Not everyone is lucky to work in a cool and inspiring office, and even those who are, can become stuck in an uncreative rut, or disturbed by loud coworkers, boring music, smells of someone’s lunch, outside noise. And those who work at home have all of the distractions — and attractions — of home to lure mind and body away from productive work. No wonder coffee shops around the world look more like offices than many offices. People sitting at their computers, talking on their phones, conducting business with coffee and muffins nearby. Yet anyone who’s done the coffee-shop-as-office thing knows that it is not without problems either. Too many people, loud conversation, screaming kids, familiar faces, bad wifi, no plugs, uncomfortable chairs, line-ups for coffee, managers wanting you to leave.
Luckily, creative people have started to think up solutions to meet the very clear need of cool working spaces for mobile workers. Urban Station in Buenos Aires, Argentina, has taken the best of both office and coffee shop and wrapped it all up in a funky urban space.
Urban Station is appropriately located at Malabia and El Salvador Streets in Buenos Aires’s hip Palermo Soho where fashion, design and art mix with the densest concentration of bars and restaurants in the city. You sit at one of the wide tables, pay by the hour and benefit from the calm atmosphere and comforts of an office with plugs and locks for your computer and super-fast wifi. The coffee shop part comes in the form of unlimited coffee, tea, mineral water, fruit, croissants and cookies, all part of the fee.
In addition, the large and airy Urban Station offers art and business magazines and books to read, comfortable armchairs for lounging and casual meetings, fully equipped meeting rooms, printers, fax and scanners, plus lockers for your gear. If you get bored, or need to dash out for a moment, they even offer a few bikes at the door for you to borrow. It feels like office, coffee shop AND home. More of this, please! - Bill Tikos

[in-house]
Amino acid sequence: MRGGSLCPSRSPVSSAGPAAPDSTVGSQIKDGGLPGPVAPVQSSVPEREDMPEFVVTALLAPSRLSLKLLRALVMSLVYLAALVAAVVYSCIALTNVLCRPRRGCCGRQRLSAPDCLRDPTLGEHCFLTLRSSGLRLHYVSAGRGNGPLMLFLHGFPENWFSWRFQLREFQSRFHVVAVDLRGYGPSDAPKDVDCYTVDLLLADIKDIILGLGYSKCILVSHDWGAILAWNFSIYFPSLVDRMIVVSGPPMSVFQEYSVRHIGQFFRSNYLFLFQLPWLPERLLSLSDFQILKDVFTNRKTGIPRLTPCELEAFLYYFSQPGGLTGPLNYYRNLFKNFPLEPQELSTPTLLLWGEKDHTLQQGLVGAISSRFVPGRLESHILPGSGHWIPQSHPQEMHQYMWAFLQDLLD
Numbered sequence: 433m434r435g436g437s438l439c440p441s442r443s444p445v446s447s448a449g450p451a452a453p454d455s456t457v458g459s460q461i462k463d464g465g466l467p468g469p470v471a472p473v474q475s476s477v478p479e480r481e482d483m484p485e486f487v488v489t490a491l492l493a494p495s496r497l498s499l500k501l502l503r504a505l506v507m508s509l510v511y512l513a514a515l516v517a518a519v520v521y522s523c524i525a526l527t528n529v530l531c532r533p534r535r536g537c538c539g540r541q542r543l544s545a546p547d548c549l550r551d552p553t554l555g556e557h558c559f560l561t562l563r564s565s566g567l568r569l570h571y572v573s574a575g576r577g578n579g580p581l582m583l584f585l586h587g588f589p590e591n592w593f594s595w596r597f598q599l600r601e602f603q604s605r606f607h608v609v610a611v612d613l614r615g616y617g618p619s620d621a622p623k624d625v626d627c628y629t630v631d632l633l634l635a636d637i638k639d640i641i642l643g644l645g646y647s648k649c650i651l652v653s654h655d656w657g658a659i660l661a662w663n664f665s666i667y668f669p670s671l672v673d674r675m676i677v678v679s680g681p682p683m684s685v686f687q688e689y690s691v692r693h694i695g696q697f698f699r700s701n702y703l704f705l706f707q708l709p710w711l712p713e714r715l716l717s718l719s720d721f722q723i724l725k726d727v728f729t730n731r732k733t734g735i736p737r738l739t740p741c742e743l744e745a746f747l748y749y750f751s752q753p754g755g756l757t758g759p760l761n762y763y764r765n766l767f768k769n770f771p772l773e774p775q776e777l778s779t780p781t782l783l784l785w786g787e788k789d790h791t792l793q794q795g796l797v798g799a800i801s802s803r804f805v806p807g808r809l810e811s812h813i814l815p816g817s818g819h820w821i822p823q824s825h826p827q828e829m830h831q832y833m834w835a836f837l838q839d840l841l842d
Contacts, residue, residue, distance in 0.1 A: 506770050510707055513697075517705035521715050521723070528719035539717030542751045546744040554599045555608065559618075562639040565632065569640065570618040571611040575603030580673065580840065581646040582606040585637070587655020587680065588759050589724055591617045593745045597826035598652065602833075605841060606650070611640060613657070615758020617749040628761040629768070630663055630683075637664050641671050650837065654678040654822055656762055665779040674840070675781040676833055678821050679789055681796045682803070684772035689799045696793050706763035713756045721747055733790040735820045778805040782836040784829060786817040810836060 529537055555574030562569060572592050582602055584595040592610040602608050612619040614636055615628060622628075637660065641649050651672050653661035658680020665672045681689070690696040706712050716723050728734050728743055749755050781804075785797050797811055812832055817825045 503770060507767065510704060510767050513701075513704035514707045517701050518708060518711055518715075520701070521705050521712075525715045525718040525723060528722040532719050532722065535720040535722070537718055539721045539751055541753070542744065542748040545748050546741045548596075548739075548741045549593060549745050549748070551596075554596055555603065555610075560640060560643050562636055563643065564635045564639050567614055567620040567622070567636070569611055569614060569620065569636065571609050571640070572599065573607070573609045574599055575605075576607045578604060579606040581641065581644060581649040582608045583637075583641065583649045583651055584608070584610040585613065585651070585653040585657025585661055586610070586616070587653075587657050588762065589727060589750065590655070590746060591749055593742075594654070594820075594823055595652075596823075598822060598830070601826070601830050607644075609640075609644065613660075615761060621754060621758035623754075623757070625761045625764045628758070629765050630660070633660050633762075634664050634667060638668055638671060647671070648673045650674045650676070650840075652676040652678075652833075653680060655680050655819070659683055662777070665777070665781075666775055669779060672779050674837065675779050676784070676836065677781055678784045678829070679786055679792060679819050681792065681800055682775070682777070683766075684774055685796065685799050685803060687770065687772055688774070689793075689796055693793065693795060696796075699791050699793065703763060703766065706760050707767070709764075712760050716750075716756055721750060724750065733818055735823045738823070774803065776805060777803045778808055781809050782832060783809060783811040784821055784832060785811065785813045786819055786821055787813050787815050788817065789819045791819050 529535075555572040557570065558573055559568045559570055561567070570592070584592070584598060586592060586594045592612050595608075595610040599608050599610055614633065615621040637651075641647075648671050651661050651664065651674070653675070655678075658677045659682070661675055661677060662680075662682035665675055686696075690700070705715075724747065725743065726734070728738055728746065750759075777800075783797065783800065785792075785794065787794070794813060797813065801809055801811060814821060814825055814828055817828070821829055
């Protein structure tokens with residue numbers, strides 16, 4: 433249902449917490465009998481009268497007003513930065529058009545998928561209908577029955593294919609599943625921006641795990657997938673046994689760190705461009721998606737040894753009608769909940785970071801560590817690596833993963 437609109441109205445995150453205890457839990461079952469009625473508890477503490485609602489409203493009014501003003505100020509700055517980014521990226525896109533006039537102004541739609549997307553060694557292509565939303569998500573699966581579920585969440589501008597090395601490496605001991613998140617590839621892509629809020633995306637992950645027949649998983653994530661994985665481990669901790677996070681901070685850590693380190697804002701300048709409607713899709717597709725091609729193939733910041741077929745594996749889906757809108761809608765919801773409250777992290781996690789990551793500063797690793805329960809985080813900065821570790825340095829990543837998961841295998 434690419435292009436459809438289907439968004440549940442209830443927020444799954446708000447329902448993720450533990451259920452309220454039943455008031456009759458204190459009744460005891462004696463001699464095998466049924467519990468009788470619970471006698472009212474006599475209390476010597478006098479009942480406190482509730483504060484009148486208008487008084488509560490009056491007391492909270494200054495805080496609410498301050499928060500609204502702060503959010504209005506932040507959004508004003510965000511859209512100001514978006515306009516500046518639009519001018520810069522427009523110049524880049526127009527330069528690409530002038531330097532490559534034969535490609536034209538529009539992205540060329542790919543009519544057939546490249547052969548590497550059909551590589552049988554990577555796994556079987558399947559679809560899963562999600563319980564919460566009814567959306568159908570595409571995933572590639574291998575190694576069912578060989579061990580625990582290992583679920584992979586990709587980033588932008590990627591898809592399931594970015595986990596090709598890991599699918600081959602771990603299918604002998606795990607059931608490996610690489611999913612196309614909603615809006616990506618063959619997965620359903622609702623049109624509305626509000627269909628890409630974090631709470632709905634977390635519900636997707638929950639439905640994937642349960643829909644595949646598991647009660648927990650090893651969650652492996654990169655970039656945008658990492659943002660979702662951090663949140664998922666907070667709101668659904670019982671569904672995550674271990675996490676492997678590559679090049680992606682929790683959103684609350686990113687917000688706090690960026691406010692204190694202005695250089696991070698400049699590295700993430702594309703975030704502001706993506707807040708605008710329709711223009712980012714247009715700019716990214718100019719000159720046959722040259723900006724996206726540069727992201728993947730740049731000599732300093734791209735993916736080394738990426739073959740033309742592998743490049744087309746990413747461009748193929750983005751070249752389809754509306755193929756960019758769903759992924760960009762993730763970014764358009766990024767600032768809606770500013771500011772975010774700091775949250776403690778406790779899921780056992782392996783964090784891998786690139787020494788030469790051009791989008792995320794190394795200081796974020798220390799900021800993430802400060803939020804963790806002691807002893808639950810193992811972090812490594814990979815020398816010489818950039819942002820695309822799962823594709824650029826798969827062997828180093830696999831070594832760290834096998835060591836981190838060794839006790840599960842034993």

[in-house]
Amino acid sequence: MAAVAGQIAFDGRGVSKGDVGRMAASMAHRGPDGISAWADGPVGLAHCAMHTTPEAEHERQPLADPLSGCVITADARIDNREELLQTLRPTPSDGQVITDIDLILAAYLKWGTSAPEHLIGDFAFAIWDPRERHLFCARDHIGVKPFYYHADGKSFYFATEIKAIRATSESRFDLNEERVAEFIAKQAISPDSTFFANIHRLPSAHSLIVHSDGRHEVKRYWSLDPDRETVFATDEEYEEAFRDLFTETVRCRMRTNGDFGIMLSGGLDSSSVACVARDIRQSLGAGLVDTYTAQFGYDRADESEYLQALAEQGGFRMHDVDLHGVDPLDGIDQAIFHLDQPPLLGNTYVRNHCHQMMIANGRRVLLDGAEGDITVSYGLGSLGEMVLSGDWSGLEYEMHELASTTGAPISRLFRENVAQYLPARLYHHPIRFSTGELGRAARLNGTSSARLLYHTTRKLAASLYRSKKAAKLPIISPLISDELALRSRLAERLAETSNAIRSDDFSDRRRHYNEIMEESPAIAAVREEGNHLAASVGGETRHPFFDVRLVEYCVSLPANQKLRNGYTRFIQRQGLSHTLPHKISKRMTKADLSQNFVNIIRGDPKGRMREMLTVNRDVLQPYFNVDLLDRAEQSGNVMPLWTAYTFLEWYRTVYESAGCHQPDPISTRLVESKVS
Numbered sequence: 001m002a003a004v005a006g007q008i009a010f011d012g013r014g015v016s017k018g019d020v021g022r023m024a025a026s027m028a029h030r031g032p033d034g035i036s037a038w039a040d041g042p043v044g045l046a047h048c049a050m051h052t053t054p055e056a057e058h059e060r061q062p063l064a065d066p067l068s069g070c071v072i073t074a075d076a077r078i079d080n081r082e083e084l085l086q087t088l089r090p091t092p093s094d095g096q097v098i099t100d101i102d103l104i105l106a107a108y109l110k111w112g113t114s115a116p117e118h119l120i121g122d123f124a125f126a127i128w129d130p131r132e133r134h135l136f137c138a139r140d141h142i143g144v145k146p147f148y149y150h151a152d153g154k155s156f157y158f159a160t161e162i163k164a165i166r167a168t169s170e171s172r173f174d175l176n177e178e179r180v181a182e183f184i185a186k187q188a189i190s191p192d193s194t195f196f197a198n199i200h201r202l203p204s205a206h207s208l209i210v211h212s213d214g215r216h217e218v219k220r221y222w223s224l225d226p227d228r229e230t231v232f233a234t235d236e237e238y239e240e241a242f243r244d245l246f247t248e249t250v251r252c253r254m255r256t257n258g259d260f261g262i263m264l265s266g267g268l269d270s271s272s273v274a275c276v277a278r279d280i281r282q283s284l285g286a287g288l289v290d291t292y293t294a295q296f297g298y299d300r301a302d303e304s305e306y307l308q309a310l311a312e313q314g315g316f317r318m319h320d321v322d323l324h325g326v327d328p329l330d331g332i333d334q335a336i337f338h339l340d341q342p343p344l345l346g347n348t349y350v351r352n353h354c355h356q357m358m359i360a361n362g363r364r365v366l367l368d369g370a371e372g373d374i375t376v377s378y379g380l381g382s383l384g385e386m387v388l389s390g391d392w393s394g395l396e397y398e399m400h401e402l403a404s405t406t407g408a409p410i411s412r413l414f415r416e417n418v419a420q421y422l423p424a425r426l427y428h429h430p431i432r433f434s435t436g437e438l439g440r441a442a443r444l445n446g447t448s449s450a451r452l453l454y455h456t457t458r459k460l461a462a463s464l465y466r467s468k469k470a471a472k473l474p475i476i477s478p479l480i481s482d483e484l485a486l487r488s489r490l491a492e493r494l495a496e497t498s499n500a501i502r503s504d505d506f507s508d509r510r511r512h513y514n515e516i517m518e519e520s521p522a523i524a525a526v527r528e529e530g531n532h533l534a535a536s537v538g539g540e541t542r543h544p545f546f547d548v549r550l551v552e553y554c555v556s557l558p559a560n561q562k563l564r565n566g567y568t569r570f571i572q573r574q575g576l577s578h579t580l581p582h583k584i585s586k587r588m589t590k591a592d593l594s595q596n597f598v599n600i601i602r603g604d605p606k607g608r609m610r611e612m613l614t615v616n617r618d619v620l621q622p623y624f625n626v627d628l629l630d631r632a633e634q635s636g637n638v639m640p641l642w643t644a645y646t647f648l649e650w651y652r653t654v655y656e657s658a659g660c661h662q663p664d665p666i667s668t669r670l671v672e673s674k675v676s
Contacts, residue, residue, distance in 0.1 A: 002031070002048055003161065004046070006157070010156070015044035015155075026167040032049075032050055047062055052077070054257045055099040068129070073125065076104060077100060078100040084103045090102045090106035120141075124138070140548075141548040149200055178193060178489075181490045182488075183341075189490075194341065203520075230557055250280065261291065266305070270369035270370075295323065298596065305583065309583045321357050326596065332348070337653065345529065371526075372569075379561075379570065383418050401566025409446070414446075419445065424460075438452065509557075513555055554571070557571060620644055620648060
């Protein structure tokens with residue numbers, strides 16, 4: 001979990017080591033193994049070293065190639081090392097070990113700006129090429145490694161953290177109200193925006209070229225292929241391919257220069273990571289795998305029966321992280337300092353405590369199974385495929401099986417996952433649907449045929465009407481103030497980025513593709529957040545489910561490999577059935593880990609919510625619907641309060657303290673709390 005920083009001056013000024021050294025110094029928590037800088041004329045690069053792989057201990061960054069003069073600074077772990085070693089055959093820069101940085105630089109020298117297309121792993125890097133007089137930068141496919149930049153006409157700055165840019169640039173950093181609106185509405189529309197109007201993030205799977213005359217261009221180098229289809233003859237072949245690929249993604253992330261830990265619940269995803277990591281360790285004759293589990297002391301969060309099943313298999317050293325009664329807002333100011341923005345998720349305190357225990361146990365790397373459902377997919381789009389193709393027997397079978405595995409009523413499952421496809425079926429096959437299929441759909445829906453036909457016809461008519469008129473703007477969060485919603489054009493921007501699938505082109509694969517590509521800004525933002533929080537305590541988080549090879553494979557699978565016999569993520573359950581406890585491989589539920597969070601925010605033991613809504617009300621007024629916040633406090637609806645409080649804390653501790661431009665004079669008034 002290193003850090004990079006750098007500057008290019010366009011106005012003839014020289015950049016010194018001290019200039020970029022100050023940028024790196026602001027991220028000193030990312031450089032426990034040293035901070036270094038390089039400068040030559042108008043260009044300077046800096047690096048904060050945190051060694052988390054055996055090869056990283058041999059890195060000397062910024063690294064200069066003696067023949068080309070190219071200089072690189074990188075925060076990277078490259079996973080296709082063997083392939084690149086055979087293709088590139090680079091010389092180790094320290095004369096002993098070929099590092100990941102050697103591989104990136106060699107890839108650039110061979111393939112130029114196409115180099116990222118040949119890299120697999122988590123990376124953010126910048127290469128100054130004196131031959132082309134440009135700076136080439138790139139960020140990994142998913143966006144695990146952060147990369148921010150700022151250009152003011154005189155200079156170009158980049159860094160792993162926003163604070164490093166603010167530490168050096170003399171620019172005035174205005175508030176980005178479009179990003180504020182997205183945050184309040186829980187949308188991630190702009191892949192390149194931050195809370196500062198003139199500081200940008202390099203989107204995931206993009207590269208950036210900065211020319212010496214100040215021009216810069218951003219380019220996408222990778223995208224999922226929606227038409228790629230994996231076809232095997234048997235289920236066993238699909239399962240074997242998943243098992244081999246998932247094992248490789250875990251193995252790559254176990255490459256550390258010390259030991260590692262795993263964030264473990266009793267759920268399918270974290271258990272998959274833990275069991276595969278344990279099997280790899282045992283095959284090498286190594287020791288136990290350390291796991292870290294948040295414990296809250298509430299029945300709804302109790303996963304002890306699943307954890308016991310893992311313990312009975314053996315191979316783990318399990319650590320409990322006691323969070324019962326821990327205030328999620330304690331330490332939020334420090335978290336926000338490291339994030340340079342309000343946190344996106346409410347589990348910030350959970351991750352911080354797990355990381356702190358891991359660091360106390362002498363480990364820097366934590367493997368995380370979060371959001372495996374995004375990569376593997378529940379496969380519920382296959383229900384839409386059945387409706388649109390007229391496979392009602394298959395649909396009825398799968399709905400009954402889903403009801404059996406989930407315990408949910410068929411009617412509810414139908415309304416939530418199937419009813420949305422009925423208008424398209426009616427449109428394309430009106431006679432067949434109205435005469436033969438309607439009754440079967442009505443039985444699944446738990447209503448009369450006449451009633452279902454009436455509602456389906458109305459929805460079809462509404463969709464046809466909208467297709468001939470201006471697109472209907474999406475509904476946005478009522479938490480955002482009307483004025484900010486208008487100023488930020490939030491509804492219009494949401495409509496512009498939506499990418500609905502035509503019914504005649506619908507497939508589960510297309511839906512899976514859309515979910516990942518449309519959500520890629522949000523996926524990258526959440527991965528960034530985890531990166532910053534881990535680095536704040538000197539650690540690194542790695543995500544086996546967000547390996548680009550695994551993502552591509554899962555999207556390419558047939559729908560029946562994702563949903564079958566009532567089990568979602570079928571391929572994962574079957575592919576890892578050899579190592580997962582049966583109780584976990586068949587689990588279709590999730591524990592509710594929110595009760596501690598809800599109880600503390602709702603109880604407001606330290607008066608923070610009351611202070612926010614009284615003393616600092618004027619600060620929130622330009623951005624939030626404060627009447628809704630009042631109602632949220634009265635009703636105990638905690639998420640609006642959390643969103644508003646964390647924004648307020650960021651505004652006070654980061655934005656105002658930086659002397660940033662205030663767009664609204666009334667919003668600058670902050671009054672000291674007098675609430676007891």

Address: El Salvador 4588 Palermo Soho.
A year in the making, the new TCH marketing agency ACCESS AGENCY has been busy talking to global brands in every major city. We are setting up to unveil our latest creation for innovative brands -- the indoor drive-in cinema.
It is a super-charged, branded experience unveiled throughout the year in different cities with a unique mix of brands collaborating in each city.
In some cities, it will be branded Mini to unveil a new model (the Crossover). In others, it will be film studios launching the latest cinematic 3D release, or toy, electronics and beverage brands introducing their coolest, hottest innovations.
Each event will be completely custom-branded with its unique mix of participating brands and each experience will be completely unique to the audience.
We’re unveiling it here now for TCH readers so that you can get a preview of what it will look like.
This branded experience, and many others we have created, are our response to what we see as a mind-numbing sameness across the brands that we encounter. We are approached daily by global brands who want exposure on TCH, yet they seldom offer anything that would make you stop.
Today’s branded world is global, demanding and ruthlessly honest about what is -- and especially what is not – new, extraordinary, different, unique, surprising, bold, cool. Ordinary, bland experiences don’t cut it. They turn into YouTube parodies, or worse, are ignored completely. We tell brands to not waste their money on “creating” what has already been created. We’ve seen most of it somewhere already. As have our readers.
TCH’s reason for being has always been based on our passion for innovation, and for sharing with the world the real, exciting ideas we find as we sift through the masses of ideas we encounter – from design, architecture, travel and any other area. Over the years, we have developed a clear sense of what works and what doesn’t. We have understood that ideas are only as good as the execution, which is why we have gathered a global team of creative talent to not only come up with new branded ideas but to execute them with professionalism and finesse. That’s what ACCESS is all about.